Showing posts with label Census. Show all posts
Showing posts with label Census. Show all posts

Sunday, January 28, 2018

52 Ancestors #5: The Genealogical Bonanza of the 1950 Census

1950 US Census Form
It's hard to believe the bonanza of information waiting for genealogists when the 1950 Census is released in April, 2022. You can download the blank form for yourself here.

And the 1950 Census release is only 50 months away. But if I'm really, really lucky, some of my ancestors were chosen as a "sample" to answer in-depth questions! You'll hope your ancestors were "sampled" too when you realize what's "in the Census" (the title of Amy Johnson Crow's #52Ancestors challenge this week).

One in five people were chosen as a "sample" to answer detailed questions like (1) Where was this person living in 1949 (farm or not, same county/state, same house)? (2) Where were mother and father born (country)? (3) Highest grade of school completed? (4) Individual and household income--separate questions for work income, other income from interest and benefits--number of weeks worked/looking for work? (5) Military service in WWI, WWII, or other time?

And that's just the sample questions. The Census itself required enumerators to list each household with the head first, followed by his wife (I know, I know, it was the 1950s, don't blame me!), and children in age order, followed by non-family members living in the household. And the relationship of non-family members to the head was supposed to be listed too!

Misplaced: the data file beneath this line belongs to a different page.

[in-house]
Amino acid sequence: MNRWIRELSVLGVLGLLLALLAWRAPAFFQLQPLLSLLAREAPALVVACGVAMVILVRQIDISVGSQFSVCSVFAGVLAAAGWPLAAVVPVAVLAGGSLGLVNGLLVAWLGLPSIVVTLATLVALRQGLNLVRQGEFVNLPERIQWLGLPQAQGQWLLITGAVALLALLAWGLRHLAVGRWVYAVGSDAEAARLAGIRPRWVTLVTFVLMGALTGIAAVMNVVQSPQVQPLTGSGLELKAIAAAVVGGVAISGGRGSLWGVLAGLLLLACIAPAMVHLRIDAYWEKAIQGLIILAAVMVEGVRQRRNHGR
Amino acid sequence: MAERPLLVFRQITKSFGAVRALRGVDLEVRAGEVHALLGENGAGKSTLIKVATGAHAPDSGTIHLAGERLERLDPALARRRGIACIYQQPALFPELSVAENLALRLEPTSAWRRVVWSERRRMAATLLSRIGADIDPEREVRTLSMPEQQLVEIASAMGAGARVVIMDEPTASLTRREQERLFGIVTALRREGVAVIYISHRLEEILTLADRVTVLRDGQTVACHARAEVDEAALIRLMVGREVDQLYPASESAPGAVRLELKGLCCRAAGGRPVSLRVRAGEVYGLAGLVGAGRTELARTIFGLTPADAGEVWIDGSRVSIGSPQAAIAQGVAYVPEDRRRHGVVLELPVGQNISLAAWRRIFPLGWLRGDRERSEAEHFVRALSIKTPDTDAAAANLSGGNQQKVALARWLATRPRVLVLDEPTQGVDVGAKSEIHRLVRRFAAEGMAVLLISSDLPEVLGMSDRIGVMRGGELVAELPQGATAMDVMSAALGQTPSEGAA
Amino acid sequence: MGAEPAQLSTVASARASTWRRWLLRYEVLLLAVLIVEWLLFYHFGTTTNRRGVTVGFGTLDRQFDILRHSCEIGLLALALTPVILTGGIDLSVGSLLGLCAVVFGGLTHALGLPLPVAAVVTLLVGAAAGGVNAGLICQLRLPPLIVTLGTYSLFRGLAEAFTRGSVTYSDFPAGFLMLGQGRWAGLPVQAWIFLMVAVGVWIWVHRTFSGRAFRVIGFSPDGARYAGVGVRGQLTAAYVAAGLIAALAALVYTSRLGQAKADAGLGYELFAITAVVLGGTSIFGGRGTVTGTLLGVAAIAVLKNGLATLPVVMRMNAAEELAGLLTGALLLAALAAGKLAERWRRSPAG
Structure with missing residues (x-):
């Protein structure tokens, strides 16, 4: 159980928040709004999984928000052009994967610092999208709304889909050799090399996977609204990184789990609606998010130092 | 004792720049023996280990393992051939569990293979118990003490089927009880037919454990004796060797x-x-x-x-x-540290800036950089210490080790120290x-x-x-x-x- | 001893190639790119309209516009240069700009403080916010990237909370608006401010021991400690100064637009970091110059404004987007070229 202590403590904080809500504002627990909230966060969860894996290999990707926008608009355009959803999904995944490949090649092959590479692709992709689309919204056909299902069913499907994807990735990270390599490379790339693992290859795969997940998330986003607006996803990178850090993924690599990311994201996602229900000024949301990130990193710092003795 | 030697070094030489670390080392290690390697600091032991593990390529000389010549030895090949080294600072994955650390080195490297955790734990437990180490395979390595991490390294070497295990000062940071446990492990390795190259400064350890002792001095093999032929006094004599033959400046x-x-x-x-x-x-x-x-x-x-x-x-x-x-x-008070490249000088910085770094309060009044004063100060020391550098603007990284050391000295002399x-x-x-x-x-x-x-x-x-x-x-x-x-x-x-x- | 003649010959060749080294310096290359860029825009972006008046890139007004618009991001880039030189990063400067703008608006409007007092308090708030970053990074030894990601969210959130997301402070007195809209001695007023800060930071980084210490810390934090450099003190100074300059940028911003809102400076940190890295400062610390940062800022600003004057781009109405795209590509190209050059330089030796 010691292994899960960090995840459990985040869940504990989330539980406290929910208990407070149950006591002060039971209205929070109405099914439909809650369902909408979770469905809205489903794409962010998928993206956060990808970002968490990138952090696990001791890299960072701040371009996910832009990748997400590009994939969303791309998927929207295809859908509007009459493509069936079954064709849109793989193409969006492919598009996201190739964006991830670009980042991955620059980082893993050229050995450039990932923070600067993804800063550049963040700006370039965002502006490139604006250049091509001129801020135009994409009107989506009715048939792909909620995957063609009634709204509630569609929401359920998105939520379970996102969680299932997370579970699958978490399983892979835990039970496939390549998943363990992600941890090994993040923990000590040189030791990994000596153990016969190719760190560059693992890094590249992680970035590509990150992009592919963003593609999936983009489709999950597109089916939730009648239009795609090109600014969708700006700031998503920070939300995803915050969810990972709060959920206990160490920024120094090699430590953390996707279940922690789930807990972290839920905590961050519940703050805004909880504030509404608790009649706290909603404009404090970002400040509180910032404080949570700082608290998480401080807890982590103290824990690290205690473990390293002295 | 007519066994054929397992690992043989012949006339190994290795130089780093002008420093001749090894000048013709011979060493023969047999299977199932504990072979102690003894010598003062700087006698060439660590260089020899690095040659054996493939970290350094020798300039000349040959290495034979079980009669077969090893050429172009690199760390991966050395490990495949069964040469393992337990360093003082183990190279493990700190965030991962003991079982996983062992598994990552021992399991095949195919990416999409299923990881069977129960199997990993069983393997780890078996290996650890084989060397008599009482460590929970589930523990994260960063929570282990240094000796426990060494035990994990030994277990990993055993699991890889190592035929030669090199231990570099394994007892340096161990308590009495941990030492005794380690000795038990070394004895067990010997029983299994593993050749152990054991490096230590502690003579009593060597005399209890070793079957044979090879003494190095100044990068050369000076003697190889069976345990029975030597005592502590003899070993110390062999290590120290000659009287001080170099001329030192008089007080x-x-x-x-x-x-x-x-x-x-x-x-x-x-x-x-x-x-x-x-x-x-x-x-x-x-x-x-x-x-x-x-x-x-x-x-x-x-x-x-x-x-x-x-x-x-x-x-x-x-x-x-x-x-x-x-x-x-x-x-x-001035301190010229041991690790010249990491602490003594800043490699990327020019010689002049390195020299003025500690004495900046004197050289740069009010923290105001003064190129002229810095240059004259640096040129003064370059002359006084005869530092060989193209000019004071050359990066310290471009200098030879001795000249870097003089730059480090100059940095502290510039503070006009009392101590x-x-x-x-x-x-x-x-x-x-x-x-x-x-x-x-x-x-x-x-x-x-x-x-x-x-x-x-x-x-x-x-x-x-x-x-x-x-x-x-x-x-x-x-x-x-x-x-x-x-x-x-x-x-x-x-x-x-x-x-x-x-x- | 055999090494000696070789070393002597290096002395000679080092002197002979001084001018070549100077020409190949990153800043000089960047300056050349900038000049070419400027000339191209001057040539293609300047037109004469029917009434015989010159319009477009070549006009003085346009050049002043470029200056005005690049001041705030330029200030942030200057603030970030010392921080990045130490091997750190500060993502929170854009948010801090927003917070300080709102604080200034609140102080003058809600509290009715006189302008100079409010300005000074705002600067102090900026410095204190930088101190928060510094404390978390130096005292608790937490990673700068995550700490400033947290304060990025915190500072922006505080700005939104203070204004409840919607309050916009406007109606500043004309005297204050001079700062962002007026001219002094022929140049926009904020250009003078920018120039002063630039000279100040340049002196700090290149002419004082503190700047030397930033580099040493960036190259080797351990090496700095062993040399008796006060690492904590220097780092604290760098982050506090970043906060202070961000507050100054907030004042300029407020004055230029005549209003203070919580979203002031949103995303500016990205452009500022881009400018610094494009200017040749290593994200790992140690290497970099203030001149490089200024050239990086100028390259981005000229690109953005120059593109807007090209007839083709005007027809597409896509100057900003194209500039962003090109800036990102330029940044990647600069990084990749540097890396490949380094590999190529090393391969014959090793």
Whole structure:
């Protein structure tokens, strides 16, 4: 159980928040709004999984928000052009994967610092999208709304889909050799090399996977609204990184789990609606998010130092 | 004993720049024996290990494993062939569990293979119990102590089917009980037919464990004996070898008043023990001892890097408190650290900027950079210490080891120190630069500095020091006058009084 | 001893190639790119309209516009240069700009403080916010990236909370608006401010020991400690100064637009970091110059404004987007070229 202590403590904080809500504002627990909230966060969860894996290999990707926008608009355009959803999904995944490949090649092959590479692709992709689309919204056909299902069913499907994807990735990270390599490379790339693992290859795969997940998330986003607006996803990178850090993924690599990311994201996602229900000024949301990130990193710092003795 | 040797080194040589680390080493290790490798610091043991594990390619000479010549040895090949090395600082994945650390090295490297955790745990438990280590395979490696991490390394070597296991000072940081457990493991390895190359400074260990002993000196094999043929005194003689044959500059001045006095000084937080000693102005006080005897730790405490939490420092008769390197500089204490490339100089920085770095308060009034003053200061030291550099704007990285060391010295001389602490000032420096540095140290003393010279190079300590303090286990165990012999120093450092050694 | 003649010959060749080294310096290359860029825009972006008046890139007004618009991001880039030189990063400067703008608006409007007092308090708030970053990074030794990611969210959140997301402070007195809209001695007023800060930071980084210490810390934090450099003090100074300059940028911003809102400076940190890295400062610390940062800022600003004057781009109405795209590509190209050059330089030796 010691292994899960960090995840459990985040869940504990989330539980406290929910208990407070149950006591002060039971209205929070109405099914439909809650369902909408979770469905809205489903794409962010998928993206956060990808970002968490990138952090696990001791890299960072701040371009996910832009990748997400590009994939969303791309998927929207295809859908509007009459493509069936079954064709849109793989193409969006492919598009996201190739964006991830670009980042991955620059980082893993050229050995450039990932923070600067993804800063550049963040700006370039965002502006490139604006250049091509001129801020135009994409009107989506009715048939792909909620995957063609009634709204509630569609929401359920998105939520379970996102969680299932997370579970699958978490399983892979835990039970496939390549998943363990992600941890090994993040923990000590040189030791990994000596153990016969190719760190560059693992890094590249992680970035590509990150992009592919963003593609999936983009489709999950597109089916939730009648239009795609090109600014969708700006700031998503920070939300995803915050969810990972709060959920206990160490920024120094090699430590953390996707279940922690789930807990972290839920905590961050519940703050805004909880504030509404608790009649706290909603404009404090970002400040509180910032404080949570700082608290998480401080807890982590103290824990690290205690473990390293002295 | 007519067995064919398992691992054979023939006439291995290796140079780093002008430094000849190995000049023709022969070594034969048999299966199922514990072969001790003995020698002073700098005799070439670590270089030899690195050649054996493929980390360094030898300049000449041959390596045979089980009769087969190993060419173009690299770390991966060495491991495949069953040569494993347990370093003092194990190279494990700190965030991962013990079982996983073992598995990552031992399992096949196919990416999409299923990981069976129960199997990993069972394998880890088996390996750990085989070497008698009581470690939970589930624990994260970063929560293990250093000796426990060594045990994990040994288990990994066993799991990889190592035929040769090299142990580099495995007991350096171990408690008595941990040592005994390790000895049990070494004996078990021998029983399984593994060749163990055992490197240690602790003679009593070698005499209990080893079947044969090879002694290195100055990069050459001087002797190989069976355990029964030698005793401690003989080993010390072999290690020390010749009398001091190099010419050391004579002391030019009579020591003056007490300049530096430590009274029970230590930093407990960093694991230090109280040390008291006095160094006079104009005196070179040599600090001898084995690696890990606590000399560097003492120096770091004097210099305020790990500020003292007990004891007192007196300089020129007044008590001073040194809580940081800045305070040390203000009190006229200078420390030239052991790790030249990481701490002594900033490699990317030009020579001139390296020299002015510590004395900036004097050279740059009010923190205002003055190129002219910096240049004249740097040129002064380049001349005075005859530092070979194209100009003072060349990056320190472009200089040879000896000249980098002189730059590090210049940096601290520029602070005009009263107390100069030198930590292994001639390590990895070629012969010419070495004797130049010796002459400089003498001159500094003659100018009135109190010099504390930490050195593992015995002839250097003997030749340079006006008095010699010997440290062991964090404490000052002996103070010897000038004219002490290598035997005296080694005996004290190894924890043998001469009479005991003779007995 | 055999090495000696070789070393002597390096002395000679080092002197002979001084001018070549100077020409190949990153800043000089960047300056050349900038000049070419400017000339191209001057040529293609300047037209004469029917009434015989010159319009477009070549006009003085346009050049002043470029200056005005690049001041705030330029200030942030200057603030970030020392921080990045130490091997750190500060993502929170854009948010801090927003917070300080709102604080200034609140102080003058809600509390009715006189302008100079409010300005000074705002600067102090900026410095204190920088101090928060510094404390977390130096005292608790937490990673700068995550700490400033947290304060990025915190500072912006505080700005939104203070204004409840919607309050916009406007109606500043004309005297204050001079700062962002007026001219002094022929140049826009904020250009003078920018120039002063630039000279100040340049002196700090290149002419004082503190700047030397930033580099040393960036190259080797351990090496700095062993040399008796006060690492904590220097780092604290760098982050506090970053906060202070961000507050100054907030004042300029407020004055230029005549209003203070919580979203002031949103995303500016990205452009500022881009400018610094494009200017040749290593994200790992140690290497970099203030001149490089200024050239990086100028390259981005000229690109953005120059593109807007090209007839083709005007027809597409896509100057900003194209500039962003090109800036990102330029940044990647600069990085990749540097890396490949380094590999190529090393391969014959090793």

Age and state of birth (or country) is listed for each person. Importantly, if age is under one year, month of birth will be listed. Married, divorced, never married, widowed, separated. And wait, there's more. For each person over 14, the enumerator had to describe the kind of work and the industry worked in.

I'm particularly interested in ancestors who died not long after the 1950 Census. For instance, my great aunt Dora Lillie Mahler (1893-1950) died only a couple of months after the Census was taken. Another great aunt, Nellie Block (1878-1950), died that December.

Where were they living? What were they doing? Since NYC has not made 1950 death certs available (a decision being challenged by the wonderful folks at Reclaim the Records), I have only their brief obits for now. As you can see by the details in the 1950 Census, I'll know a LOT more about them in 50 months. Happily, I have a good idea of which Enumeration Districts to check when the Census is released. And I can hardly wait.

Friday, September 2, 2011

Census 1940: How Much Did Grandpa Make in 1939?

On April 2, 2012, I'll be able to find out how much money my Grandpa Theodore Schwartz made in 1939. Why do I care? Because Grandpa ran a grocery store and, according to family stories, he was too soft-hearted to take money from customers who were hungry but couldn't pay for their purchases. In eight months, I'll know whether Grandpa's income was suffering or whether he and Grandma Minnie Farkas Schwartz had enough money to get by.

Yearly income in 1939 is only one of the important questions that any beginning genealogist should be thrilled to see on the 1940 Census form.

Another key question is "Residence, April 1, 1935." If you've already checked your ancestors' whereabouts in the 1930 Census, you'll now know where they were at the beginning, middle, and end of the Depression.